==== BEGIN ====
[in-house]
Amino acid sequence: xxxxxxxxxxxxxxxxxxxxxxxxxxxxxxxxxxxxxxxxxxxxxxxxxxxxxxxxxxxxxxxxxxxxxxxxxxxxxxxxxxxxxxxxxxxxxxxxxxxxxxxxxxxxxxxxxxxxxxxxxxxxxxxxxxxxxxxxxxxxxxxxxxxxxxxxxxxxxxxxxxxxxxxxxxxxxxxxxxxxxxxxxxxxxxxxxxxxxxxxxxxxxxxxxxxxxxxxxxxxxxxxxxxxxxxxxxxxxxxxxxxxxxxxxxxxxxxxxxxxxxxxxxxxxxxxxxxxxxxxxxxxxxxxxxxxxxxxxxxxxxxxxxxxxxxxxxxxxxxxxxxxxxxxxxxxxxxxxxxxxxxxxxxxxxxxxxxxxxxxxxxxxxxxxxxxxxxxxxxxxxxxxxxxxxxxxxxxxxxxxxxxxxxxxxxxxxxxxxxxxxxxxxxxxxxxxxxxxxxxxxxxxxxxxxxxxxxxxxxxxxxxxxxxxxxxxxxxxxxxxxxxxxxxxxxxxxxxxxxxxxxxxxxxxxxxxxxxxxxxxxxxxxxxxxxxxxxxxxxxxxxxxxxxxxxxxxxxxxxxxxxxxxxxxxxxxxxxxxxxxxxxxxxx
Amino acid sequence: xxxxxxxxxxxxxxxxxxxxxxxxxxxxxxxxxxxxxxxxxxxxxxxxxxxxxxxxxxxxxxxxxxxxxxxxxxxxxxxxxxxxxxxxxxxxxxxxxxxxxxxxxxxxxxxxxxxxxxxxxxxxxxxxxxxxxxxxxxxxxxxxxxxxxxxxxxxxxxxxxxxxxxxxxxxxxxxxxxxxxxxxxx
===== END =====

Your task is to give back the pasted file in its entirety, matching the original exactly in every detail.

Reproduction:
[in-house]
Amino acid sequence: xxxxxxxxxxxxxxxxxxxxxxxxxxxxxxxxxxxxxxxxxxxxxxxxxxxxxxxxxxxxxxxxxxxxxxxxxxxxxxxxxxxxxxxxxxxxxxxxxxxxxxxxxxxxxxxxxxxxxxxxxxxxxxxxxxxxxxxxxxxxxxxxxxxxxxxxxxxxxxxxxxxxxxxxxxxxxxxxxxxxxxxxxxxxxxxxxxxxxxxxxxxxxxxxxxxxxxxxxxxxxxxxxxxxxxxxxxxxxxxxxxxxxxxxxxxxxxxxxxxxxxxxxxxxxxxxxxxxxxxxxxxxxxxxxxxxxxxxxxxxxxxxxxxxxxxxxxxxxxxxxxxxxxxxxxxxxxxxxxxxxxxxxxxxxxxxxxxxxxxxxxxxxxxxxxxxxxxxxxxxxxxxxxxxxxxxxxxxxxxxxxxxxxxxxxxxxxxxxxxxxxxxxxxxxxxxxxxxxxxxxxxxxxxxxxxxxxxxxxxxxxxxxxxxxxxxxxxxxxxxxxxxxxxxxxxxxxxxxxxxxxxxxxxxxxxxxxxxxxxxxxxxxxxxxxxxxxxxxxxxxxxxxxxxxxxxxxxxxxxxxxxxxxxxxxxxxxxxxxxxxxxxxxxx
Amino acid sequence: xxxxxxxxxxxxxxxxxxxxxxxxxxxxxxxxxxxxxxxxxxxxxxxxxxxxxxxxxxxxxxxxxxxxxxxxxxxxxxxxxxxxxxxxxxxxxxxxxxxxxxxxxxxxxxxxxxxxxxxxxxxxxxxxxxxxxxxxxxxxxxxxxxxxxxxxxxxxxxxxxxxxxxxxxxxxxxxxxxxxxxxxxx